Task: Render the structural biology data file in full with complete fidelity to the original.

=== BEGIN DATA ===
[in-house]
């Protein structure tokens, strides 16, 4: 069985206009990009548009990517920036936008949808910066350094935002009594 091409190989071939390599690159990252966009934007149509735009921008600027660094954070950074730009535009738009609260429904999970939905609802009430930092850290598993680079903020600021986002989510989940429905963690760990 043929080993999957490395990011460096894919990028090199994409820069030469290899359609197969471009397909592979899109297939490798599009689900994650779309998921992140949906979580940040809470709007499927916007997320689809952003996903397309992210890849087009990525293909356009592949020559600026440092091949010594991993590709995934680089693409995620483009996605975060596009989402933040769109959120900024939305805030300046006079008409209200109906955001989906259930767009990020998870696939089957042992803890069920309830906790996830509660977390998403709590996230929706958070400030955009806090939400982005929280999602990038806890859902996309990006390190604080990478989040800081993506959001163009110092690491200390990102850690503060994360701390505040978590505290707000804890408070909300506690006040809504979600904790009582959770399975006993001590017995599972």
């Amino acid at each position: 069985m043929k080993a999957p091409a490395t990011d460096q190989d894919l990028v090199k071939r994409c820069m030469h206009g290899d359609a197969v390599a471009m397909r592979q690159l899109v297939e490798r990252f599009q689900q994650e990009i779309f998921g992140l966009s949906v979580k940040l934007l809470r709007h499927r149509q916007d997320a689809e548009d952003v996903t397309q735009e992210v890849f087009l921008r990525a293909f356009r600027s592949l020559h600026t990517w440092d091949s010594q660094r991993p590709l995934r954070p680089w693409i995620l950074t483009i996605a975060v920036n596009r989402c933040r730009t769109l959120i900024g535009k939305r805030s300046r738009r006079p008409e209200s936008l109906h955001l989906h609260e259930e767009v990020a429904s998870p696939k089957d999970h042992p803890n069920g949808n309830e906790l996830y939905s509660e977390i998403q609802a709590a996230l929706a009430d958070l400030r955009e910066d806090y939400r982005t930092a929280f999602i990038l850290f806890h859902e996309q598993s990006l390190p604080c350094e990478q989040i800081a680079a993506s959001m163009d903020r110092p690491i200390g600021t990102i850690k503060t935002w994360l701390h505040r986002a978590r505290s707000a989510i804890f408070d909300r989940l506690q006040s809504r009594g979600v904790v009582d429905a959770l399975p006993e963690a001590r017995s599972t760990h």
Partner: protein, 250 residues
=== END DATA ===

[in-house]
């Protein structure tokens, strides 16, 4: 069985206009990009548009990517920036936008949808910066350094935002009594 091409190989071939390599690159990252966009934007149509735009921008600027660094954070950074730009535009738009609260429904999970939905609802009430930092850290598993680079903020600021986002989510989940429905963690760990 043929080993999957490395990011460096894919990028090199994409820069030469290899359609197969471009397909592979899109297939490798599009689900994650779309998921992140949906979580940040809470709007499927916007997320689809952003996903397309992210890849087009990525293909356009592949020559600026440092091949010594991993590709995934680089693409995620483009996605975060596009989402933040769109959120900024939305805030300046006079008409209200109906955001989906259930767009990020998870696939089957042992803890069920309830906790996830509660977390998403709590996230929706958070400030955009806090939400982005929280999602990038806890859902996309990006390190604080990478989040800081993506959001163009110092690491200390990102850690503060994360701390505040978590505290707000804890408070909300506690006040809504979600904790009582959770399975006993001590017995599972």
């Amino acid at each position: 069985m043929k080993a999957p091409a490395t990011d460096q190989d894919l990028v090199k071939r994409c820069m030469h206009g290899d359609a197969v390599a471009m397909r592979q690159l899109v297939e490798r990252f599009q689900q994650e990009i779309f998921g992140l966009s949906v979580k940040l934007l809470r709007h499927r149509q916007d997320a689809e548009d952003v996903t397309q735009e992210v890849f087009l921008r990525a293909f356009r600027s592949l020559h600026t990517w440092d091949s010594q660094r991993p590709l995934r954070p680089w693409i995620l950074t483009i996605a975060v920036n596009r989402c933040r730009t769109l959120i900024g535009k939305r805030s300046r738009r006079p008409e209200s936008l109906h955001l989906h609260e259930e767009v990020a429904s998870p696939k089957d999970h042992p803890n069920g949808n309830e906790l996830y939905s509660e977390i998403q609802a709590a996230l929706a009430d958070l400030r955009e910066d806090y939400r982005t930092a929280f999602i990038l850290f806890h859902e996309q598993s990006l390190p604080c350094e990478q989040i800081a680079a993506s959001m163009d903020r110092p690491i200390g600021t990102i850690k503060t935002w994360l701390h505040r986002a978590r505290s707000a989510i804890f408070d909300r989940l506690q006040s809504r009594g979600v904790v009582d429905a959770l399975p006993e963690a001590r017995s599972t760990h």
Partner: protein, 250 residues